You’ve reached SPARC’s archived website. Visit our new site at sparcopen.org
- All Resources
- Search Resources
- Resources By Type
Earlier this week, at a satellite meeting of the Berlin 11 Open Access Conference, an innovative new tool to help enable access to research was unveiled. The Open Access Button, brainchild of undergraduate medical students David Carroll and Joseph McArthur, was designed to tackle the frustration shared by millions of individuals who search for research articles online, only to have their progress slowed – and often halted – by paywall pages requesting payment in exchange for viewing the article.
Paywalls are so ubiquitous that most people simply take for granted that they are simply an unavoidable part of the status quo. McArthur and Carroll, however, do not. After meeting Nick Shockey (SPARC’s Student Advocacy lead, and the Director of the Student Right to Research Coalition) at meeting last Spring, the two were convinced that they could take action to “turn those individual moments of frustration into opportunities for positive change,” and constructed a simple, elegant solution for doing exactly that.
The Open Access Button is a bookmarklet that you can download for free and add to the toolbar of your web browser. When you are next confronted with a publisher paywall page requesting payment for viewing a journal article, you simply click on the Open Access Button bookmark. The OA Button does two things: First, it instantly records rich information about your experience – the article you wanted to access, your reason for wanting to access it, your location – and second, help you to find a free, author-deposited version of the article using Google Scholar.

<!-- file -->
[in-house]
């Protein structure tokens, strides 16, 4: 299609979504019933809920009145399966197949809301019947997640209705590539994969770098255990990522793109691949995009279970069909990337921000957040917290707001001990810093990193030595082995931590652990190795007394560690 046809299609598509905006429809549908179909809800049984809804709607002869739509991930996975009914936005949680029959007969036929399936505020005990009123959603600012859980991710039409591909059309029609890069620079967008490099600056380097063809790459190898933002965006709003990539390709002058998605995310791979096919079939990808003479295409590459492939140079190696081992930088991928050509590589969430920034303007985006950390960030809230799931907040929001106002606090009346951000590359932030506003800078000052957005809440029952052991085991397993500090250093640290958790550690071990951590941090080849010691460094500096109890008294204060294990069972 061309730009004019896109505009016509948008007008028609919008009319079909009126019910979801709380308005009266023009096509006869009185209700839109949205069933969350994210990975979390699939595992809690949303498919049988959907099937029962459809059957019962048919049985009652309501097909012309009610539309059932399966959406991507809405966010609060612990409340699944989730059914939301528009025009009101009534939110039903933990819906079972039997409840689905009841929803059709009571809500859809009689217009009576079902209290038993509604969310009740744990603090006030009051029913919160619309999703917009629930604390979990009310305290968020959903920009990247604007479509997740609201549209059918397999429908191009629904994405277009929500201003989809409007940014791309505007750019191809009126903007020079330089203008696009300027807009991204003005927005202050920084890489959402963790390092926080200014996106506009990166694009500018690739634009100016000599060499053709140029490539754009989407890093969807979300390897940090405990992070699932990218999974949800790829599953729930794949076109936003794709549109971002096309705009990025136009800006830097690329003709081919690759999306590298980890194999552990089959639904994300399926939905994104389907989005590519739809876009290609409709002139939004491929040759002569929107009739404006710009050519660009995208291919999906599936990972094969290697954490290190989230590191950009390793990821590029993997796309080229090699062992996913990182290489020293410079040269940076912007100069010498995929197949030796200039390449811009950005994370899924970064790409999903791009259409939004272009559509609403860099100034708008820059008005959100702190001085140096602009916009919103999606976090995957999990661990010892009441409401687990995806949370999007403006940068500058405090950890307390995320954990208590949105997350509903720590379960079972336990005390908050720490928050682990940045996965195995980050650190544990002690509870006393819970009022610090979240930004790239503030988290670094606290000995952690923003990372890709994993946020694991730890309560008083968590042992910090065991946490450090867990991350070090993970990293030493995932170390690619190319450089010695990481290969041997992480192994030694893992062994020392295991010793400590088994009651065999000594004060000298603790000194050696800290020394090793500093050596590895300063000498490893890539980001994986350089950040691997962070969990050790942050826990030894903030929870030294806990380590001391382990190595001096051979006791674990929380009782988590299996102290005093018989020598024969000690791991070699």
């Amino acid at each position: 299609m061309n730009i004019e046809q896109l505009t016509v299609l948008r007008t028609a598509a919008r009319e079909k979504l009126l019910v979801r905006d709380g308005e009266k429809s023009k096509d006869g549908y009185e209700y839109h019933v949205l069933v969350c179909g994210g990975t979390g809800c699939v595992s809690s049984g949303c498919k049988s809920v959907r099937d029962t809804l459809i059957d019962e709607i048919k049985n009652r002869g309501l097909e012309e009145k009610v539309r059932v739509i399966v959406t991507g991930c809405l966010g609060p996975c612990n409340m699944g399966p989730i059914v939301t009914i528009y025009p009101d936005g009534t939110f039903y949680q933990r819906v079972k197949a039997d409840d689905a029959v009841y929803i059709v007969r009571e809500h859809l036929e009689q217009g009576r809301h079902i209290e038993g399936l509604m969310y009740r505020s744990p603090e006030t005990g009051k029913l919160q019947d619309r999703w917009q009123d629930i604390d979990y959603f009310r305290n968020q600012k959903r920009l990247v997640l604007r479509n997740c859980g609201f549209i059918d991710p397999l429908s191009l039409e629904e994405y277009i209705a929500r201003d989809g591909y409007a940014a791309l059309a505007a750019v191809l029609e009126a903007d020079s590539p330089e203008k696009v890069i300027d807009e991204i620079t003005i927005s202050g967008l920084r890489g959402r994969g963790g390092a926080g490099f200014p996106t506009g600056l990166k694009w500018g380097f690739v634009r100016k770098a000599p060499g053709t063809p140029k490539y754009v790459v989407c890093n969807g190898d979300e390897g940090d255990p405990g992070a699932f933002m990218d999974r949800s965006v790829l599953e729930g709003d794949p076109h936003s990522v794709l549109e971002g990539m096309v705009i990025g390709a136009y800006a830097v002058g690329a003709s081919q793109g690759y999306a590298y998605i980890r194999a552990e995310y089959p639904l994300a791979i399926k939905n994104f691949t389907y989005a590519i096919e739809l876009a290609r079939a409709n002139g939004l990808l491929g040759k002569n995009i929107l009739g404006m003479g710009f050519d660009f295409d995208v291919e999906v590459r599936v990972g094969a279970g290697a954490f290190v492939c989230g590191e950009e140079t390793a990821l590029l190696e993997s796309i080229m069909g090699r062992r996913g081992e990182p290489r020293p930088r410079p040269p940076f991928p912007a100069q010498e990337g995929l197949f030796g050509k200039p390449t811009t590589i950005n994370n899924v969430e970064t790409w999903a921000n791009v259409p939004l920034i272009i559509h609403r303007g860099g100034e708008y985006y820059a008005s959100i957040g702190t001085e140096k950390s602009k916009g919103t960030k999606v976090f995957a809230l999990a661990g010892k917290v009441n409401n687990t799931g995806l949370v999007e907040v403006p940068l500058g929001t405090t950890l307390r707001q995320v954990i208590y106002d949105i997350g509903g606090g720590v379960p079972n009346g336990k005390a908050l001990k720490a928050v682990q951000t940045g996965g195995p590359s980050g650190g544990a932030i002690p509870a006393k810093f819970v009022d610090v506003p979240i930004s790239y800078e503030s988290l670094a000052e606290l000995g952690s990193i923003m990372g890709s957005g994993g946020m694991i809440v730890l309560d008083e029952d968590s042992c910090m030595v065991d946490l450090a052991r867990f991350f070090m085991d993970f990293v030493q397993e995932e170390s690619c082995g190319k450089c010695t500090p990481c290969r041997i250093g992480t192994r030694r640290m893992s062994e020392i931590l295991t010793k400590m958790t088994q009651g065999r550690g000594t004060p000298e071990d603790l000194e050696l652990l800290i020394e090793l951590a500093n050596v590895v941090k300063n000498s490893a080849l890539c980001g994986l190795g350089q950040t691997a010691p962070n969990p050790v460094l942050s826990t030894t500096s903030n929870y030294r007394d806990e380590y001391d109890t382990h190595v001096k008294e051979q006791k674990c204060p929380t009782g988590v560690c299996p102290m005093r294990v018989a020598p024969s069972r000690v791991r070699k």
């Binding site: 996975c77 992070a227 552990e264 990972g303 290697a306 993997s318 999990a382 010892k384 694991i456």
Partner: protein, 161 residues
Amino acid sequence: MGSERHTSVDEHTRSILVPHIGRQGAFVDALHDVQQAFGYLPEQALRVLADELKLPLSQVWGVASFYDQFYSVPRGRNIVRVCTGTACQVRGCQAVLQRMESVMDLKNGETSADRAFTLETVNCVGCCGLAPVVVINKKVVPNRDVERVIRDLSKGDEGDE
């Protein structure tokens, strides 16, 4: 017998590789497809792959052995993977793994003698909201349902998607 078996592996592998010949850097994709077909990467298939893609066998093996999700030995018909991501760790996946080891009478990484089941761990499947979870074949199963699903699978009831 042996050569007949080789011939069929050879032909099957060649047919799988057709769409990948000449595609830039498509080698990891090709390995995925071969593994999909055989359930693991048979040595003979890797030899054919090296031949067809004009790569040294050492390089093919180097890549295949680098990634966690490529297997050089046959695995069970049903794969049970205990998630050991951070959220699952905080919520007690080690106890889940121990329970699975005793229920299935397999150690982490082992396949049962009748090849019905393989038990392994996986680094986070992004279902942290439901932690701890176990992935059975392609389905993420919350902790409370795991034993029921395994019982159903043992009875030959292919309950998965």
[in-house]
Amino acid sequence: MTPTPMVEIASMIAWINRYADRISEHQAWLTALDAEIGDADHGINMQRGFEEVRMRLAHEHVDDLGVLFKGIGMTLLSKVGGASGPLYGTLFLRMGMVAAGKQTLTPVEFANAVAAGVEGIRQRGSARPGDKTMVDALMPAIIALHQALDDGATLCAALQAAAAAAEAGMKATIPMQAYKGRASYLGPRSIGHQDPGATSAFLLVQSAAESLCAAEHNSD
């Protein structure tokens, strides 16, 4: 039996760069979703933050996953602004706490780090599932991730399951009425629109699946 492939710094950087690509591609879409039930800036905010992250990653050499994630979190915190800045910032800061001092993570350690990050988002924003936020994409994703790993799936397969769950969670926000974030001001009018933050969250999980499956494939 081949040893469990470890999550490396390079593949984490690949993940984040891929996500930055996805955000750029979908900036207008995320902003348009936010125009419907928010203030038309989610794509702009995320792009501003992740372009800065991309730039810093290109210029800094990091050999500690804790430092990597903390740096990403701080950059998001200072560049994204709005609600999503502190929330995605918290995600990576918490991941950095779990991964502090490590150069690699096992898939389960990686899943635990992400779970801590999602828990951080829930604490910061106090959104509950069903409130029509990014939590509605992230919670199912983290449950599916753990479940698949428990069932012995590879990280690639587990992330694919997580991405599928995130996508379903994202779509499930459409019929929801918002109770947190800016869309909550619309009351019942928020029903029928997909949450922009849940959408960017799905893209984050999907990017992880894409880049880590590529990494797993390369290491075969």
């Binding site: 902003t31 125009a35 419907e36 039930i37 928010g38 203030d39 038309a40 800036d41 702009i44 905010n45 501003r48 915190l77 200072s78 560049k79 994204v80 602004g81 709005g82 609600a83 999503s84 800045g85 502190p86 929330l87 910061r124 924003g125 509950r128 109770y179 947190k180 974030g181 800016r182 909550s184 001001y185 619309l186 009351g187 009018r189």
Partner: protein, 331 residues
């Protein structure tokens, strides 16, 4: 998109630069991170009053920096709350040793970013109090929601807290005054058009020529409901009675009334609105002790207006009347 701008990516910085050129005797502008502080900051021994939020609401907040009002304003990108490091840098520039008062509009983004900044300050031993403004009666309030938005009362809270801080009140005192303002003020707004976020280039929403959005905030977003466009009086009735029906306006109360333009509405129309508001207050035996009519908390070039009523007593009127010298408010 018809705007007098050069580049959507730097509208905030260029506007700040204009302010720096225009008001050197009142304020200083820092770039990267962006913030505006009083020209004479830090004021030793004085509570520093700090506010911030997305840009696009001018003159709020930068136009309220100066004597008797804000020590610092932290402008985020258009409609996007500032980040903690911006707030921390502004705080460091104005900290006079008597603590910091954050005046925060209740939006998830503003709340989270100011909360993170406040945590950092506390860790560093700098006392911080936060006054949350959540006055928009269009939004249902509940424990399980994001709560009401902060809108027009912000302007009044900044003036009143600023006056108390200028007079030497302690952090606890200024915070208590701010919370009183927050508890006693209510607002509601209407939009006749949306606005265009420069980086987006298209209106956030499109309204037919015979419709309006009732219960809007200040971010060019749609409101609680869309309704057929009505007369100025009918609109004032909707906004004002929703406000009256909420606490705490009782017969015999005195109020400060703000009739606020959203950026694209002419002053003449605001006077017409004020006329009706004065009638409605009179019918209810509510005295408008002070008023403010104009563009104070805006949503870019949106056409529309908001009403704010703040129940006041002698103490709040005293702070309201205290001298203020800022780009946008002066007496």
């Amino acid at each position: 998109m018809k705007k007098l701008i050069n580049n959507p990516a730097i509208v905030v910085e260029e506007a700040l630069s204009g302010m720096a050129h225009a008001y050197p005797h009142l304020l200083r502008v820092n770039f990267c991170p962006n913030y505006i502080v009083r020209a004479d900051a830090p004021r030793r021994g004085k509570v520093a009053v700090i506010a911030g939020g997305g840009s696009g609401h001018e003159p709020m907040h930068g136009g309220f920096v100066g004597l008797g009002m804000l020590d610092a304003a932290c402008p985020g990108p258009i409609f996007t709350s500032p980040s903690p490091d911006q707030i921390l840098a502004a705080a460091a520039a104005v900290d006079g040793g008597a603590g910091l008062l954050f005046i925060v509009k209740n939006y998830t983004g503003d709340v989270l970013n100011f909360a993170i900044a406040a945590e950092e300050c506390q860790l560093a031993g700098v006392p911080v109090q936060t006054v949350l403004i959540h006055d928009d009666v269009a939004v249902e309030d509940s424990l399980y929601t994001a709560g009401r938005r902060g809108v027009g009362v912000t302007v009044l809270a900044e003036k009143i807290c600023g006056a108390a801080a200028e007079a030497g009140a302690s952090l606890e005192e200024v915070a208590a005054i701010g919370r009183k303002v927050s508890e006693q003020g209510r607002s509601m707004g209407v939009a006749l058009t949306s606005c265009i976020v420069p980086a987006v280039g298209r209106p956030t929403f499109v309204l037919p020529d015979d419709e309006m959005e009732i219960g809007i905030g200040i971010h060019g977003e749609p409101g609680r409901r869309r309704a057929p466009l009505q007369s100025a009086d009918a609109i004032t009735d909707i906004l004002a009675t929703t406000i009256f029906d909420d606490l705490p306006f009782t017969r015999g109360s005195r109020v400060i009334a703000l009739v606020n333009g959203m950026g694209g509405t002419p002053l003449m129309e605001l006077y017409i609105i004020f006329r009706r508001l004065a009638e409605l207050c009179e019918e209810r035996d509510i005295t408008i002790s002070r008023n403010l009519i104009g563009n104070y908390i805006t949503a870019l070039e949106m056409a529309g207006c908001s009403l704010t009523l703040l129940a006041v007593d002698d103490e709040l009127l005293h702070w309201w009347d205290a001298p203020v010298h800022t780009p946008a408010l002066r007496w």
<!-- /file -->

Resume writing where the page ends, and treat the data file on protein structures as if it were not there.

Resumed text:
The Open Access Button is designed to raise awareness of the problem of paywalls, and to add to the growing call to make Open Access the default mode for scientific and scholarly journal publishing. McArthur and Carroll are confident that the data collected by the button will help to illustrate the global impact of paywalls and have already created a visualization that pinpoints each use of the button on a world map. The map is updated daily and is housed on the Open Access Button homepage.
The Open Access Button is a creative, easy-to-use tool that has the potential to transform the way people think about barriers to accessing research results, and provides an immediate chance to begin to break down those barriers. Visit the Open Access Button website, download the button, and ask your colleagues to do the same. Support McArthur and Carroll in their laudable goal of “tearing down barriers to accessing research – one paywall at a time.”